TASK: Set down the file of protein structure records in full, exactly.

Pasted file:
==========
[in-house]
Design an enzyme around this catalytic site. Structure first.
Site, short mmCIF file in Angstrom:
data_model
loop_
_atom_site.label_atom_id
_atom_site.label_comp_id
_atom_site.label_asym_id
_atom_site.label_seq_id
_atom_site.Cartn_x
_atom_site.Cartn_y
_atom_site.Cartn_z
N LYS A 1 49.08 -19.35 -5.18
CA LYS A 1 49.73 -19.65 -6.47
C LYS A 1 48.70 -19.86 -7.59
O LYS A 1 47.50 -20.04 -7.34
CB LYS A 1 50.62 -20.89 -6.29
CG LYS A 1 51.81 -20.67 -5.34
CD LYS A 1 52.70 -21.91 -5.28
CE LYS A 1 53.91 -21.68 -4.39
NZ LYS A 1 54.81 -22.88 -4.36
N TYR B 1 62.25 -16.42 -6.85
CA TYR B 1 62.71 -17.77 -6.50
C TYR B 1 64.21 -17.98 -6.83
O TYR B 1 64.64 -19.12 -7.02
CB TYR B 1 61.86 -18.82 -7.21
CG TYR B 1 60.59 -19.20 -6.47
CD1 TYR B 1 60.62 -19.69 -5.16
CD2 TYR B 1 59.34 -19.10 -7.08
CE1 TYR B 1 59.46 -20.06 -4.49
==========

[in-house]
Design an enzyme around this catalytic site. Structure first.
Site, short mmCIF file in Angstrom:
data_model
loop_
_atom_site.label_atom_id
_atom_site.label_comp_id
_atom_site.label_asym_id
_atom_site.label_seq_id
_atom_site.Cartn_x
_atom_site.Cartn_y
_atom_site.Cartn_z
N LYS A 1 49.08 -19.35 -5.18
CA LYS A 1 49.73 -19.65 -6.47
C LYS A 1 48.70 -19.86 -7.59
O LYS A 1 47.50 -20.04 -7.34
CB LYS A 1 50.62 -20.89 -6.29
CG LYS A 1 51.81 -20.67 -5.34
CD LYS A 1 52.70 -21.91 -5.28
CE LYS A 1 53.91 -21.68 -4.39
NZ LYS A 1 54.81 -22.88 -4.36
N TYR B 1 62.25 -16.42 -6.85
CA TYR B 1 62.71 -17.77 -6.50
C TYR B 1 64.21 -17.98 -6.83
O TYR B 1 64.64 -19.12 -7.02
CB TYR B 1 61.86 -18.82 -7.21
CG TYR B 1 60.59 -19.20 -6.47
CD1 TYR B 1 60.62 -19.69 -5.16
CD2 TYR B 1 59.34 -19.10 -7.08
CE1 TYR B 1 59.46 -20.06 -4.49